CAVIAR ON RITZ

Review

DEATH ROE: A WOODS COP MYSTERY

Joseph Heywood

This book reminds me that I ate caviar when I was a child – on Ritz crackers. It was served at resorts in northern Michigan and Wisconsin, as it was plentiful in the region in the late 1940s. Now I know a lot more about the industry, the Russians, and the little black eggs of sturgeon fished from rivers and lakes around the Great Lakes, and the red eggs of salmon. Today caviar can cost $2,500 a pound. No wonder, then, that there is international trafficking involved, and several more kinds of fish found in the U.S. In 2013 seven men were arrested for taking paddlefish eggs in Missouri.

This fictional account of trafficking is straight environmental history, but the focus of this plot is on corruption in just about every agency accountable. I find pleasure in the weirdness of the population of Grady’s turf. This time, the CO acts on information he gets from Limpy Allerdyce, a local poacher whose wife Honeypat is available to other members of his elusive clan. His persistence takes him from the U.P. to Lansing, to New York, and to Costa Rica.

The Woods Cop series might be classified as “buddy lit” though many readers believe women would like it. I do – but that’s because in my childhood I lived in Upper Michigan, and with the conservation ethic. In these pages I can enjoy revisiting woods and lakes and trout streams in lieu of actually returning at my advanced age. A line like, “A sloppy vee of geese passed…” is deeply satisfying.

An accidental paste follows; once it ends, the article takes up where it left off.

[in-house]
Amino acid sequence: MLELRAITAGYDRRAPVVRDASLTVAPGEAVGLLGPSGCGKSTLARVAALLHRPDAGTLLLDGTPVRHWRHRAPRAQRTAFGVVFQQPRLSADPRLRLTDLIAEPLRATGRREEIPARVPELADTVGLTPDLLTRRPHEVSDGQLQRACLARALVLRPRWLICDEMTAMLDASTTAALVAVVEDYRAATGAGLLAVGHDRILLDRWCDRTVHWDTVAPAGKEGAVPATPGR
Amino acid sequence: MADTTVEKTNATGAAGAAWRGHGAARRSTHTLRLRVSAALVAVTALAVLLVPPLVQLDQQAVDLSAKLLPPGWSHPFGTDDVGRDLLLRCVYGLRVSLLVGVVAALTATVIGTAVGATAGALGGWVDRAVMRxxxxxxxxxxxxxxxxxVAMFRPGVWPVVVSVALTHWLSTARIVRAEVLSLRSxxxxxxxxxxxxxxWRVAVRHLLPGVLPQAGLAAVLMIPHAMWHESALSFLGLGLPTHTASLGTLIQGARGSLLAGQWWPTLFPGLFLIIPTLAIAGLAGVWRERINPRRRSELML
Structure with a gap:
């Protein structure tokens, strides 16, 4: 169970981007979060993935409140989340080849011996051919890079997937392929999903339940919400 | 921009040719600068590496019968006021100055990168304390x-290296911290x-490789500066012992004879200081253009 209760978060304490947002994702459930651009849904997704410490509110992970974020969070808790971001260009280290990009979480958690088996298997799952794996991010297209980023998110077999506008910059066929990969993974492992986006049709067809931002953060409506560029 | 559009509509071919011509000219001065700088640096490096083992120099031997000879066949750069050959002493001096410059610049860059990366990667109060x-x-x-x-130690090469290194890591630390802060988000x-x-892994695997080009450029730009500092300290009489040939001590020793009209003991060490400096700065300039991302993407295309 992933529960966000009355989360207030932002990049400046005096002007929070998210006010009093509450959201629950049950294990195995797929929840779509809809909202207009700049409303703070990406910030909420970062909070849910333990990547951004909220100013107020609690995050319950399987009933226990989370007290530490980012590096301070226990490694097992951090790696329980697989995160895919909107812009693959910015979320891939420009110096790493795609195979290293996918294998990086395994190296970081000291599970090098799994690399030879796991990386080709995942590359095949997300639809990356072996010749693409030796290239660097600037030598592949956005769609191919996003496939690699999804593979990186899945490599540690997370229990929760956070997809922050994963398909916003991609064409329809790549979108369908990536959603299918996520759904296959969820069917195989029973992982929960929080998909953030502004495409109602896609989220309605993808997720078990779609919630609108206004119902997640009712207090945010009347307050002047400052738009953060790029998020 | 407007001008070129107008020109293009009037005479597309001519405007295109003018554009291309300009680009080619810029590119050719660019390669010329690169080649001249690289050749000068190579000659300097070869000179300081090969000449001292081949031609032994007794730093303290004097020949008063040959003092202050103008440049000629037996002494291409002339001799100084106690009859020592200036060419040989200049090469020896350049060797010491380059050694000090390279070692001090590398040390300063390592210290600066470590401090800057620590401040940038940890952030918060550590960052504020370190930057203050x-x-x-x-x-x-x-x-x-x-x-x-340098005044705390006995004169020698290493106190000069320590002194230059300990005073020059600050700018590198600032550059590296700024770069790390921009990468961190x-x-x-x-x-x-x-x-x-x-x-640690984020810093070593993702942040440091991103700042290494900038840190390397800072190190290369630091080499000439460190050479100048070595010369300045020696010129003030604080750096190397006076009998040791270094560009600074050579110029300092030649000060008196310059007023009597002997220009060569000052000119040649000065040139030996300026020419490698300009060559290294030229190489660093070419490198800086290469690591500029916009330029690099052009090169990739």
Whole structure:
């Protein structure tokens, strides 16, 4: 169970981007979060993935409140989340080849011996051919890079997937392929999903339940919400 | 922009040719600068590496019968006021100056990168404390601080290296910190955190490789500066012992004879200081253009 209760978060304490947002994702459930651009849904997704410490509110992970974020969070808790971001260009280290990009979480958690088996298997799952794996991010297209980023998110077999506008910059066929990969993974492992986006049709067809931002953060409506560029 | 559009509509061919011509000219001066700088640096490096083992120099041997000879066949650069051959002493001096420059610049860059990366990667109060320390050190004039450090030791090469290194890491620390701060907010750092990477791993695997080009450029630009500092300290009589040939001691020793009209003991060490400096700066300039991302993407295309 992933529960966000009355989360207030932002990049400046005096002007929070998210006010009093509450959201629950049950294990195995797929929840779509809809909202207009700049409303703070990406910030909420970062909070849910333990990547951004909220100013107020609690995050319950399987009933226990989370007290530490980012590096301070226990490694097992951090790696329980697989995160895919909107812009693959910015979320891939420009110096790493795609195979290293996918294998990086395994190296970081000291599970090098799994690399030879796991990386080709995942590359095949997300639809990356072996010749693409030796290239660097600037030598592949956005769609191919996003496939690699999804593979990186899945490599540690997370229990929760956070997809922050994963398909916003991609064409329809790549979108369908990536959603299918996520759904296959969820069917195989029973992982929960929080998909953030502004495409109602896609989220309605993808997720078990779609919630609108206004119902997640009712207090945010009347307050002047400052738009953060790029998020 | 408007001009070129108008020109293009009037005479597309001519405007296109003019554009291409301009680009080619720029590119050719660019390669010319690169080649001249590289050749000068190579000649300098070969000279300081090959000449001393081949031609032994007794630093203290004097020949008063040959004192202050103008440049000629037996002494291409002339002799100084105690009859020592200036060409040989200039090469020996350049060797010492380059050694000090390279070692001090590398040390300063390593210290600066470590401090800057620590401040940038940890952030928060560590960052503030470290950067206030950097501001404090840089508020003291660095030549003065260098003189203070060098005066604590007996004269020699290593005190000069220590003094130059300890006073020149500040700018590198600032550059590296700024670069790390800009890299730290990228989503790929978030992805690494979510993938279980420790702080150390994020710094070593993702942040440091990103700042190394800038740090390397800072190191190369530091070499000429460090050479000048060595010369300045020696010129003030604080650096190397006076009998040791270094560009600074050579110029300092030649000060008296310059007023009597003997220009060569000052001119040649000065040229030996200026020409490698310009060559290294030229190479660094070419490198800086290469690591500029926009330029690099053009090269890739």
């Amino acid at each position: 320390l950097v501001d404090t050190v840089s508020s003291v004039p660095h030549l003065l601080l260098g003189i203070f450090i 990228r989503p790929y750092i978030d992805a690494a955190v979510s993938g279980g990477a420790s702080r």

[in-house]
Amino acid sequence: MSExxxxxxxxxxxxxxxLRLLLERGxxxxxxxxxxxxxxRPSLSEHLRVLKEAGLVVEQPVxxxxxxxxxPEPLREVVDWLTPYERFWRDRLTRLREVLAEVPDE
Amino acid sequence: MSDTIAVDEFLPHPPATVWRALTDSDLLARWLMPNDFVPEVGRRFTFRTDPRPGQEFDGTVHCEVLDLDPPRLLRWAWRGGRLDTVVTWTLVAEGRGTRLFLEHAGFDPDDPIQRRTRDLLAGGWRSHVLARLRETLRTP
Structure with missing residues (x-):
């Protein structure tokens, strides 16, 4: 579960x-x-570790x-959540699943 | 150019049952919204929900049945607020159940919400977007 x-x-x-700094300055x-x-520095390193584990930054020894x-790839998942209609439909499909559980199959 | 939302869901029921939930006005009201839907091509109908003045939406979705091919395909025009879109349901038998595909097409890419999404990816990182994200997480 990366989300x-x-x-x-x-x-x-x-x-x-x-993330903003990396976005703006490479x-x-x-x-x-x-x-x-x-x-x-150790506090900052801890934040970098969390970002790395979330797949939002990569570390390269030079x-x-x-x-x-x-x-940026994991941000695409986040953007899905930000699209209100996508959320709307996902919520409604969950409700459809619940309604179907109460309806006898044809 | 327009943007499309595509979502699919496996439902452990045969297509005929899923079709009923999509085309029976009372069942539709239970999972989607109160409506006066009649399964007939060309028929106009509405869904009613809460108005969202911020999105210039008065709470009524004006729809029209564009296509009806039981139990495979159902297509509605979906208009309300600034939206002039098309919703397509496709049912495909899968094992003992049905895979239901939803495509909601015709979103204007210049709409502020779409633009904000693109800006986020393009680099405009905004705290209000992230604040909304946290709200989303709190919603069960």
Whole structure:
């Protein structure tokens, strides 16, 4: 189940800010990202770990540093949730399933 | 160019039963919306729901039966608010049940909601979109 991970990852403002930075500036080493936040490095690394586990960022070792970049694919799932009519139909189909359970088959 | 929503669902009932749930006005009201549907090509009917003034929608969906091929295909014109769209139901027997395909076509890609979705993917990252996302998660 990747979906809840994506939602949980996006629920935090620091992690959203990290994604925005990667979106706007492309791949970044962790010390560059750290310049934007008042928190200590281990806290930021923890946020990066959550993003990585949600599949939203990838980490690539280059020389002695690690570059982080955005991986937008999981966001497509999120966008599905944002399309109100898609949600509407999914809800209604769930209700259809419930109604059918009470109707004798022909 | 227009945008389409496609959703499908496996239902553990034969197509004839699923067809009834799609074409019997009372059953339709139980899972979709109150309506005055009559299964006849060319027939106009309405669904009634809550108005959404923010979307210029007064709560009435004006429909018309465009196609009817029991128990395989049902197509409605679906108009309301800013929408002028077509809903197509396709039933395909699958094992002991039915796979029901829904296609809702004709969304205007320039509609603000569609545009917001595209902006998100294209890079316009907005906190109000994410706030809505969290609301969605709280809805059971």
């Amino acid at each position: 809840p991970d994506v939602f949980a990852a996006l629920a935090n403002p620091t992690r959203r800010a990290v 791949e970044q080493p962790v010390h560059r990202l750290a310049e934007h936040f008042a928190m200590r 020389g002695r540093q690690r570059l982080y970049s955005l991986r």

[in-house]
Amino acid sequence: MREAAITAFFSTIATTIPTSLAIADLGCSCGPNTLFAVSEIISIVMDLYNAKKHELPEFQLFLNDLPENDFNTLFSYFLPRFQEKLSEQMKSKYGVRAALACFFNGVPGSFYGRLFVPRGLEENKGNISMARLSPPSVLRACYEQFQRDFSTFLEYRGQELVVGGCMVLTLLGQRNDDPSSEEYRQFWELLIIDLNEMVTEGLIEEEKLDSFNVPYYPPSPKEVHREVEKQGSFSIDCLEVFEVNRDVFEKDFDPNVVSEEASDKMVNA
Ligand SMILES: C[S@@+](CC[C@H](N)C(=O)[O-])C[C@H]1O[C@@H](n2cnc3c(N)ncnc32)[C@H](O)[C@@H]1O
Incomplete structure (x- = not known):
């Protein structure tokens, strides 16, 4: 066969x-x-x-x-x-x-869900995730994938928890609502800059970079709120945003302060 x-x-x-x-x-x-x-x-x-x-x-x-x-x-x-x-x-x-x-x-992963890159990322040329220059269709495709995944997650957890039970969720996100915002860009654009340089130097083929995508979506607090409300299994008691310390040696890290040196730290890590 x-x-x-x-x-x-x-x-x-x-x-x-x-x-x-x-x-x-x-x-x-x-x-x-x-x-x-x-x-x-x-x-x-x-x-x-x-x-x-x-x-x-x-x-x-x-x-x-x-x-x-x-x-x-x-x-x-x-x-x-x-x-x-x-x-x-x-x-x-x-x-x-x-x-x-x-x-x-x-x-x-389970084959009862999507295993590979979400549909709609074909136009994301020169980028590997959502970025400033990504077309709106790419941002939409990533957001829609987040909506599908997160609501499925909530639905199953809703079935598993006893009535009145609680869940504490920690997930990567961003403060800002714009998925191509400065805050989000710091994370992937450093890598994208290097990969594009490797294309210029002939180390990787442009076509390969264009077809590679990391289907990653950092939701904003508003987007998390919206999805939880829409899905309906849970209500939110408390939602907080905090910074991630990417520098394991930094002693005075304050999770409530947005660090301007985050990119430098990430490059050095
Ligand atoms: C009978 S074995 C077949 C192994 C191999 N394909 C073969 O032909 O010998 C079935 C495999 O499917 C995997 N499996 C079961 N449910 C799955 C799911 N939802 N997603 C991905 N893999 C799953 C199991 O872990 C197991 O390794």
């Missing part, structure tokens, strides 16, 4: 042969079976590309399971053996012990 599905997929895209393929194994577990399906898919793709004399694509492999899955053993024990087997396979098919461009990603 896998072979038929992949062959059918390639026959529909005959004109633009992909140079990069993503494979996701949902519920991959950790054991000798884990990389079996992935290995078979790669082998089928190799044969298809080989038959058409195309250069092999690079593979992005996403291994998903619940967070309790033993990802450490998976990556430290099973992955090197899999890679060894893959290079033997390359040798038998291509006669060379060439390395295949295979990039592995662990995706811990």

Otherwise, Joseph Heywood has delivered pretty much a matter of male fantasy: His hero is super-trained, tough, more righteous than your average man. He attracts women like flies. When he actually falls in love, by the miracle of a large bequest he is able to do nice things for everyone he cares about. Also, he doesn’t ever retire, at least he hasn’t yet. You can stay with him from fairly young man into “almost past it,” which gives you a lesson in recent U.S. history. I have read just two of the books but will return when I have more time (they are fairly long).

What seems remarkable to me about the author is that he can make local and state politics and commerce and corruption every bit as exciting as anything based on international intrigue. He shows respect for those respectfully in service (perhaps that is the point of the hero’s name) – and never talks down to the reader or to most of the characters, no matter how clueless people might be in the small towns that provide his canvas. In spite of the testosterone gloss on this series, I really like Joseph Heywood as a person. He’s an accomplished writer, a teacher, a moral guide.  He reminds me of my dad.

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